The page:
Every year we make New Year’s Resolutions. We want to eat healthier, start exercising, and take better care of our personal finances. While the start of a new year is a good time to set personal goals, we should also use this opportunity to outline and implement workplace resolutions that can limit exposure from employment lawsuits.
In order to protect your business from such employment liability, here are just a few helpful suggestions:
1. Get an Employment Relations Physical
Just like going to the doctor, it’s much easier to get regular check-ups to ensure your policies and procedures are “healthy”, rather than waiting for a problem to become “life-threatening” for your business. You should update all human resource policies and procedures, including: employee handbooks, job applications and descriptions, offer letters and employment contracts, compensation and benefit plans, discipline and discharge procedures, and ensure that you are properly following all state and federal record-keeping requirements. You should review positions to ensure proper classification and exemption status under state and federal wage and hour laws. Human resource audits are an excellent way to ensure that not only are all policies and procedures in place, but are current with ever-changing law.
2. Train and Re-Train Managers
Even if you have textbook written policies and procedures, you are subject to exposure if your front-line managers do not implement them, or do so unfairly or improperly. Inconsistency on the part of managers is one of the biggest problems for businesses when it comes to litigation. You should recognize that your managers are usually the ones who receive requests for disability accommodations or family and medical leaves, are first notified of sexual harassment complaints, and are likely to be the person terminating employees for whatever reason. Every effort should be made to ensure that they are fully trained, and re-trained to ensure company policies are implemented as they were intended.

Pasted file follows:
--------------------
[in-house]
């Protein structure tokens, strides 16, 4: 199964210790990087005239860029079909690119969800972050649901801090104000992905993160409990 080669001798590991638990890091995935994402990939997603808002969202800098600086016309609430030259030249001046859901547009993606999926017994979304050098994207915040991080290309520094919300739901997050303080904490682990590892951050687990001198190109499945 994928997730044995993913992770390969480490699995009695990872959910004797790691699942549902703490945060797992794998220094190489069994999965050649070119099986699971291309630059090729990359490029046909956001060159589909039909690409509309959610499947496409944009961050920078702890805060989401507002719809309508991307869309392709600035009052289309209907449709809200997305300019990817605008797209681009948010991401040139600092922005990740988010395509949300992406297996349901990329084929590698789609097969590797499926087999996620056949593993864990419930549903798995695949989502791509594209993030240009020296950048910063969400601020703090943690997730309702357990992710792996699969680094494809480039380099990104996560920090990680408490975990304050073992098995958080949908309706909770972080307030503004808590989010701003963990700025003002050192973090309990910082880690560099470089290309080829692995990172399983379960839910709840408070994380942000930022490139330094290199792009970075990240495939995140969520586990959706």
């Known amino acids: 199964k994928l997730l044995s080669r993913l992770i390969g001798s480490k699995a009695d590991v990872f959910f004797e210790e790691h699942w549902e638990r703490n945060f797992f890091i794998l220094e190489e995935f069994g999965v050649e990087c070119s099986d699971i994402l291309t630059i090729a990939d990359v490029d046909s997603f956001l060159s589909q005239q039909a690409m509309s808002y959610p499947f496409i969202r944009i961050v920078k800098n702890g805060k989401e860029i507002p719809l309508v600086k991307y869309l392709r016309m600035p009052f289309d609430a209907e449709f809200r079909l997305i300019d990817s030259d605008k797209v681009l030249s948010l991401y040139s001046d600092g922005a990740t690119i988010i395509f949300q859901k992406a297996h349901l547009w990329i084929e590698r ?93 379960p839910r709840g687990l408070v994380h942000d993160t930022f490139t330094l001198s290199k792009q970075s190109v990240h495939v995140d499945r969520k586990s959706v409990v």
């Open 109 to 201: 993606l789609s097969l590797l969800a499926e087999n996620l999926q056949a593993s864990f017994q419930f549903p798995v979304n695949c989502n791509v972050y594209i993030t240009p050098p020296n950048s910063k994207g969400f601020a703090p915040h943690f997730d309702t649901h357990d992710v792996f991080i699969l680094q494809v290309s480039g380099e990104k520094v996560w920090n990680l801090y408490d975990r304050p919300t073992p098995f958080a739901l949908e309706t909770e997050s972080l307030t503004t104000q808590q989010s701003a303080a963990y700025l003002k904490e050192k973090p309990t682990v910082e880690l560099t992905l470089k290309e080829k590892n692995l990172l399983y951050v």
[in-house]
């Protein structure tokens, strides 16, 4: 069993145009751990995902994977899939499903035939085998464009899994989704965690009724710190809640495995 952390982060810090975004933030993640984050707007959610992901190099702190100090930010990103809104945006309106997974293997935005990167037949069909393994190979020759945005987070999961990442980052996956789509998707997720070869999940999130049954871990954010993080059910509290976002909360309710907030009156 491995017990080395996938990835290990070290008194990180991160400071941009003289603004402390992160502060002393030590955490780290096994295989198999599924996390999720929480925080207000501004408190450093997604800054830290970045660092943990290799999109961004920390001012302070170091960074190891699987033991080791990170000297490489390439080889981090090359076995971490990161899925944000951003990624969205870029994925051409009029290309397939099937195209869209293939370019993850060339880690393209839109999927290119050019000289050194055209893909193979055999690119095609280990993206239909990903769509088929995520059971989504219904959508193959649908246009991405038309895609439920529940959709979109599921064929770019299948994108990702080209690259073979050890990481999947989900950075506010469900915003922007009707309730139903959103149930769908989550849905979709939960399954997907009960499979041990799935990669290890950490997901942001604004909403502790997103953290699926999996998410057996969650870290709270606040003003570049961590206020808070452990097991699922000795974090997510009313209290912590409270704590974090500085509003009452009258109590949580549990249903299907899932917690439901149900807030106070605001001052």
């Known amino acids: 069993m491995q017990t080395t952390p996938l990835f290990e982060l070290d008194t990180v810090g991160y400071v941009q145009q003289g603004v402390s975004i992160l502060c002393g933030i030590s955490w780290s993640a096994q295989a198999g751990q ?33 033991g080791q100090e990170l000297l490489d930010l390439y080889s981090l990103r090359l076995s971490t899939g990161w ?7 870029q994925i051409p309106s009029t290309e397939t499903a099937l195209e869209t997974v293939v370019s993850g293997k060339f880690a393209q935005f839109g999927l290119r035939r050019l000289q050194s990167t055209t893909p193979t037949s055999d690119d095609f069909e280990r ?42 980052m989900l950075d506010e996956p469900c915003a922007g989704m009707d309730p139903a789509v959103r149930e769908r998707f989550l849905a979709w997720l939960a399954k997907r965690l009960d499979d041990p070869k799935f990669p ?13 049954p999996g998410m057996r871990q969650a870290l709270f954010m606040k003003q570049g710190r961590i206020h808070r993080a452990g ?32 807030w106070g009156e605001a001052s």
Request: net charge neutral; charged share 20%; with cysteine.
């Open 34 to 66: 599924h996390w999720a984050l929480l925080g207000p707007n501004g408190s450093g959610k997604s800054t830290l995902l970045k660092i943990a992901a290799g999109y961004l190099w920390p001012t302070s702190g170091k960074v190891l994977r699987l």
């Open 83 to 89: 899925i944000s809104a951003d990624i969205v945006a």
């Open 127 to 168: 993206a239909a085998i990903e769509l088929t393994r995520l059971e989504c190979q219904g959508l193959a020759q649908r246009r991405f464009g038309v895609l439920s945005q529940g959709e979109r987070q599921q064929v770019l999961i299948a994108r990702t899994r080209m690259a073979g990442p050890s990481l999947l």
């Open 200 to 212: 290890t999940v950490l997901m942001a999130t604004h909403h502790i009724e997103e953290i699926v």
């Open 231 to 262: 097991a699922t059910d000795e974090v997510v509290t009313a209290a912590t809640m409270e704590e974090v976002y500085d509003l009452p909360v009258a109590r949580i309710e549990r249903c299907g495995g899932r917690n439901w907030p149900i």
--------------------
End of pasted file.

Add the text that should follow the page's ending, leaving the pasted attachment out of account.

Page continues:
3. Update Non-Competition Agreements
When properly drafted, non-competition agreements protect employers. They protect employers from employees taking confidential information to competitors. They can prohibit employees from unlawfully competing or soliciting clients or prospects away from your business. However, they can provide a false sense of security when poorly drafted or not updated. Courts will only enforce those agreements which are reasonable under the law, and this is one area that can change every few years. If you have not updated your non-competition agreements in a few years, then now would be the most beneficial time to do so.
For more information, please contact Scott C. Baumbach at 608.257.3051, or firstname.lastname@example.org.